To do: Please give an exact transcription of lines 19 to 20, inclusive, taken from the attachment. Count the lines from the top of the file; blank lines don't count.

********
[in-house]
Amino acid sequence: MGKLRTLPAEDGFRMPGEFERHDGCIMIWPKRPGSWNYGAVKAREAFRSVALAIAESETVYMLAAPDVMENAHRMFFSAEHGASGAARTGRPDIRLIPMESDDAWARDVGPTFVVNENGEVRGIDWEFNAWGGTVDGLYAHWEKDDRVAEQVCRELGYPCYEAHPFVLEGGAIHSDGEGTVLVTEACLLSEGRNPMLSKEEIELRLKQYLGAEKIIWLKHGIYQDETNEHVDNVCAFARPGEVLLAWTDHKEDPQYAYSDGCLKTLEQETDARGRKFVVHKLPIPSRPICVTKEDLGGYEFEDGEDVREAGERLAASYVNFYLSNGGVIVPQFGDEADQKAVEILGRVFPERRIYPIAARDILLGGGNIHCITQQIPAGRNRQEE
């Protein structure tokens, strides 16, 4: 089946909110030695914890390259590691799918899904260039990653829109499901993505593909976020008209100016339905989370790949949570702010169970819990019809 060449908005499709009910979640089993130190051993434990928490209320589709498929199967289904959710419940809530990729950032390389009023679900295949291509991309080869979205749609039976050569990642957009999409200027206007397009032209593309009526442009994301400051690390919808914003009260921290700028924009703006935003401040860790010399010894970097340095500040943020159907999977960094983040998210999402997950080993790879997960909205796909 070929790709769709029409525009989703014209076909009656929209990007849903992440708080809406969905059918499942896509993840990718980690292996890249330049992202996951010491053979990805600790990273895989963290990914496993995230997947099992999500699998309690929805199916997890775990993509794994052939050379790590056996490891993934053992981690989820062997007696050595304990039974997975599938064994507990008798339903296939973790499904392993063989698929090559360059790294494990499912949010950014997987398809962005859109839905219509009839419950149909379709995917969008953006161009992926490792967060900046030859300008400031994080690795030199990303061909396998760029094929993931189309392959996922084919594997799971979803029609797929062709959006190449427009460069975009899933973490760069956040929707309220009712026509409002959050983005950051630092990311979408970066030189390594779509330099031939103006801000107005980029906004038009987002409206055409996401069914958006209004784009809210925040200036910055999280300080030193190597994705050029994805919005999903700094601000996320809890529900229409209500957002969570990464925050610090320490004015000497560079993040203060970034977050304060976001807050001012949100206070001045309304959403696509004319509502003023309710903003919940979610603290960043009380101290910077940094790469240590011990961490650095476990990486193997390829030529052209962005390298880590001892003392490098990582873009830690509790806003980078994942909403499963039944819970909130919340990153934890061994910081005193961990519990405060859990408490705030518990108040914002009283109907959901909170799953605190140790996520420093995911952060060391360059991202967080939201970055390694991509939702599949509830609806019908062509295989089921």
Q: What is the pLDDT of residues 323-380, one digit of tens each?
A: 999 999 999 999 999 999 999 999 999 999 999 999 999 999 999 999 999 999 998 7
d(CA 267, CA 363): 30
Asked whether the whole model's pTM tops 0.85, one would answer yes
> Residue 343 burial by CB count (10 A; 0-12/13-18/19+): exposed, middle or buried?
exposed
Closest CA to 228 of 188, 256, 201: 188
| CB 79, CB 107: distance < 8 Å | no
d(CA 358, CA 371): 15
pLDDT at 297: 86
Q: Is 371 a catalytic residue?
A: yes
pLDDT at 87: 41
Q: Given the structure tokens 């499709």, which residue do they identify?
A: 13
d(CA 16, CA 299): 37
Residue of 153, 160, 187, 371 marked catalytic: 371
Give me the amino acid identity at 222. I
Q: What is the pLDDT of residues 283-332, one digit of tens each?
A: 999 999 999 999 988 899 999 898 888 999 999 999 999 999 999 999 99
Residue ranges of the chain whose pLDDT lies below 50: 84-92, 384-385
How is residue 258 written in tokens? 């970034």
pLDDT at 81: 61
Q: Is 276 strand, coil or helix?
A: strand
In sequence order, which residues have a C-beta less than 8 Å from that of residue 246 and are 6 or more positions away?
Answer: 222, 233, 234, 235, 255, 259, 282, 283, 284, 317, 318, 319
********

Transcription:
d(CA 16, CA 299): 37
Residue of 153, 160, 187, 371 marked catalytic: 371